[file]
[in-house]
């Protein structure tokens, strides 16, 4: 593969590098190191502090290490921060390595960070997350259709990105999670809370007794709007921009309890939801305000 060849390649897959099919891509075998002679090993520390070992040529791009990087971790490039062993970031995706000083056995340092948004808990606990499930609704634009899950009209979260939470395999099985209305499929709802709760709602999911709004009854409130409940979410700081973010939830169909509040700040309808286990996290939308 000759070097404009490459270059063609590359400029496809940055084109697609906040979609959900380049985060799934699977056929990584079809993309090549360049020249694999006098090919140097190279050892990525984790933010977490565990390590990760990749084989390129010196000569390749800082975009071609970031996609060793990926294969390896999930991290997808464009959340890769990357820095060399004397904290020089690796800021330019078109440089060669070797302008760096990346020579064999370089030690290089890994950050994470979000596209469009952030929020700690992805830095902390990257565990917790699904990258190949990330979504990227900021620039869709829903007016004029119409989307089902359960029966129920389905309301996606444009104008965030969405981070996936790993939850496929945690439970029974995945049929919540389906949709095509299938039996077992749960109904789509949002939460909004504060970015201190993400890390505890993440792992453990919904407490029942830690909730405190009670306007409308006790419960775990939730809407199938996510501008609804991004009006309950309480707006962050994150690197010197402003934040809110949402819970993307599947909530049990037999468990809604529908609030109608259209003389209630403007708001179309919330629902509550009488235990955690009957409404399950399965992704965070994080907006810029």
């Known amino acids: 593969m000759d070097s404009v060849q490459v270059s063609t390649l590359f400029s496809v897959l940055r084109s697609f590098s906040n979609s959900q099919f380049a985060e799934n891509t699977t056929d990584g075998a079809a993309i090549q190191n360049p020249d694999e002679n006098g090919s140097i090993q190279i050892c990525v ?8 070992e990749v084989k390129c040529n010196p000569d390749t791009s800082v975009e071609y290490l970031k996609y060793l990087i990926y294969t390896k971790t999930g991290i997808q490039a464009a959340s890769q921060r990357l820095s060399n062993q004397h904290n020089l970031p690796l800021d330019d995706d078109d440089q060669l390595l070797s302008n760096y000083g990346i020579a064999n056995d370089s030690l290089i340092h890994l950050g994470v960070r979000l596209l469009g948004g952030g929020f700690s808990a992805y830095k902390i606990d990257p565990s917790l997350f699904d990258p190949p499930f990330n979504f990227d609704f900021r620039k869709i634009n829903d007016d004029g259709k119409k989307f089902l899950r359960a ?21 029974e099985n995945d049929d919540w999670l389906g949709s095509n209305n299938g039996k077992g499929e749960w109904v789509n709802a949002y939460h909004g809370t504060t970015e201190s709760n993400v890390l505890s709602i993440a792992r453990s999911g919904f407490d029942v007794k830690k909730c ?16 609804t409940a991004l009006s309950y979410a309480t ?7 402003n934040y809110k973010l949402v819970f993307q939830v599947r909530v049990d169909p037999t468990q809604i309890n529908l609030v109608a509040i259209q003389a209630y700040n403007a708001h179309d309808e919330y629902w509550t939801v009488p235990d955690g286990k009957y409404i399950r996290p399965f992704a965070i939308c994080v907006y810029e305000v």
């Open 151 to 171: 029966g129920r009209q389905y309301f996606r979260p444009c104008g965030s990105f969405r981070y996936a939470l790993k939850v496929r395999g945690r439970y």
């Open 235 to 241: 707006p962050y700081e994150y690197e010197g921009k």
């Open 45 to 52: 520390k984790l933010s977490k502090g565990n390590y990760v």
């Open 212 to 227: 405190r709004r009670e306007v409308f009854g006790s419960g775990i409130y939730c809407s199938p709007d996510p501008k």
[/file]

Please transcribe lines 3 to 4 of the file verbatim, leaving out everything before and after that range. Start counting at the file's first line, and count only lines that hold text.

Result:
């Known amino acids: 593969m000759d070097s404009v060849q490459v270059s063609t390649l590359f400029s496809v897959l940055r084109s697609f590098s906040n979609s959900q099919f380049a985060e799934n891509t699977t056929d990584g075998a079809a993309i090549q190191n360049p020249d694999e002679n006098g090919s140097i090993q190279i050892c990525v ?8 070992e990749v084989k390129c040529n010196p000569d390749t791009s800082v975009e071609y290490l970031k996609y060793l990087i990926y294969t390896k971790t999930g991290i997808q490039a464009a959340s890769q921060r990357l820095s060399n062993q004397h904290n020089l970031p690796l800021d330019d995706d078109d440089q060669l390595l070797s302008n760096y000083g990346i020579a064999n056995d370089s030690l290089i340092h890994l950050g994470v960070r979000l596209l469009g948004g952030g929020f700690s808990a992805y830095k902390i606990d990257p565990s917790l997350f699904d990258p190949p499930f990330n979504f990227d609704f900021r620039k869709i634009n829903d007016d004029g259709k119409k989307f089902l899950r359960a ?21 029974e099985n995945d049929d919540w999670l389906g949709s095509n209305n299938g039996k077992g499929e749960w109904v789509n709802a949002y939460h909004g809370t504060t970015e201190s709760n993400v890390l505890s709602i993440a792992r453990s999911g919904f407490d029942v007794k830690k909730c ?16 609804t409940a991004l009006s309950y979410a309480t ?7 402003n934040y809110k973010l949402v819970f993307q939830v599947r909530v049990d169909p037999t468990q809604i309890n529908l609030v109608a509040i259209q003389a209630y700040n403007a708001h179309d309808e919330y629902w509550t939801v009488p235990d955690g286990k009957y409404i399950r996290p399965f992704a965070i939308c994080v907006y810029e305000v």
């Open 151 to 171: 029966g129920r009209q389905y309301f996606r979260p444009c104008g965030s990105f969405r981070y996936a939470l790993k939850v496929r395999g945690r439970y």